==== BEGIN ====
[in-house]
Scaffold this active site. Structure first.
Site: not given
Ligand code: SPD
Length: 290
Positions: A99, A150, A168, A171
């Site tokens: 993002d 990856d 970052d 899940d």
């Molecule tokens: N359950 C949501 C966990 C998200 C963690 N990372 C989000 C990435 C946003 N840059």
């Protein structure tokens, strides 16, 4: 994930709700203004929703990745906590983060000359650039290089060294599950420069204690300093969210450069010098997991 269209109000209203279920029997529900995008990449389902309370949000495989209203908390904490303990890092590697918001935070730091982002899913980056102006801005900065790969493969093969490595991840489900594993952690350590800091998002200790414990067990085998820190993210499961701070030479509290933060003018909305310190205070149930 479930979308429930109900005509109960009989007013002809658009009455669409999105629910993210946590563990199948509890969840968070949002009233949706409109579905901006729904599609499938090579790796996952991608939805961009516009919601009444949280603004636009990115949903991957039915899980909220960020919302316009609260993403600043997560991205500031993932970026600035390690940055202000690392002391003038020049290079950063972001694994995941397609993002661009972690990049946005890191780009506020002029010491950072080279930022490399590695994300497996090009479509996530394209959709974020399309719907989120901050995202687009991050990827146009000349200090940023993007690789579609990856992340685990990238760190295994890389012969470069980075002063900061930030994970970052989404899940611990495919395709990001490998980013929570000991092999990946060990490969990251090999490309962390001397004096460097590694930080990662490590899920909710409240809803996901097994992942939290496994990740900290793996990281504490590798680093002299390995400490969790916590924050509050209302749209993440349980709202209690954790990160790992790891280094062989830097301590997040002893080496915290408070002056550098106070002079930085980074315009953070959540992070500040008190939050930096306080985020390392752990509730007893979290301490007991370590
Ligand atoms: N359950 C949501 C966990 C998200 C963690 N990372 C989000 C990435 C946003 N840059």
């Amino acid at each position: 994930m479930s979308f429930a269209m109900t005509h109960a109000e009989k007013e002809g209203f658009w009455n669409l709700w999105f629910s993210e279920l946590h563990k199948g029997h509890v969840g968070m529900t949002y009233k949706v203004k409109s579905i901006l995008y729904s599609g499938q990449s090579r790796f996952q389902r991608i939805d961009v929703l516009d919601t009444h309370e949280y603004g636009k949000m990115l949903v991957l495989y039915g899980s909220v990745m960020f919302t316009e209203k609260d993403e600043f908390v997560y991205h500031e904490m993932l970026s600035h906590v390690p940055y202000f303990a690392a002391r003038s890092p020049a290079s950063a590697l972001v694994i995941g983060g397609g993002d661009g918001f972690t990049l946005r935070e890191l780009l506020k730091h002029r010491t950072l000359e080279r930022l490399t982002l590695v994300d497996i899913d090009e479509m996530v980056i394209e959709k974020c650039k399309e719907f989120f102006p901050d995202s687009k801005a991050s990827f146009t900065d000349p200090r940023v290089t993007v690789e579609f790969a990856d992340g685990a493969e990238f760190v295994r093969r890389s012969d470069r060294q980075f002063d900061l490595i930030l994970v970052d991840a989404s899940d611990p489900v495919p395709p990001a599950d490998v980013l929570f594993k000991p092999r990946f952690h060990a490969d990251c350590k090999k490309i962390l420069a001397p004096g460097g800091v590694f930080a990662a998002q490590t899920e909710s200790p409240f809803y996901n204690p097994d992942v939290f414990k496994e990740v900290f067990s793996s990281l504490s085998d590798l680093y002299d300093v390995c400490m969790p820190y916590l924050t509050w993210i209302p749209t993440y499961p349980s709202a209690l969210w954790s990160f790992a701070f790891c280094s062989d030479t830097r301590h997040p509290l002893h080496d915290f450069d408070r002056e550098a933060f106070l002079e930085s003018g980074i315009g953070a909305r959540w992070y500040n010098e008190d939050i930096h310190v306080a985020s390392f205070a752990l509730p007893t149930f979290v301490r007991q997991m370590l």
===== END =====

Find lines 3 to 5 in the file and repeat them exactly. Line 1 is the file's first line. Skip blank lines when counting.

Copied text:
Site: not given
Ligand code: SPD
Length: 290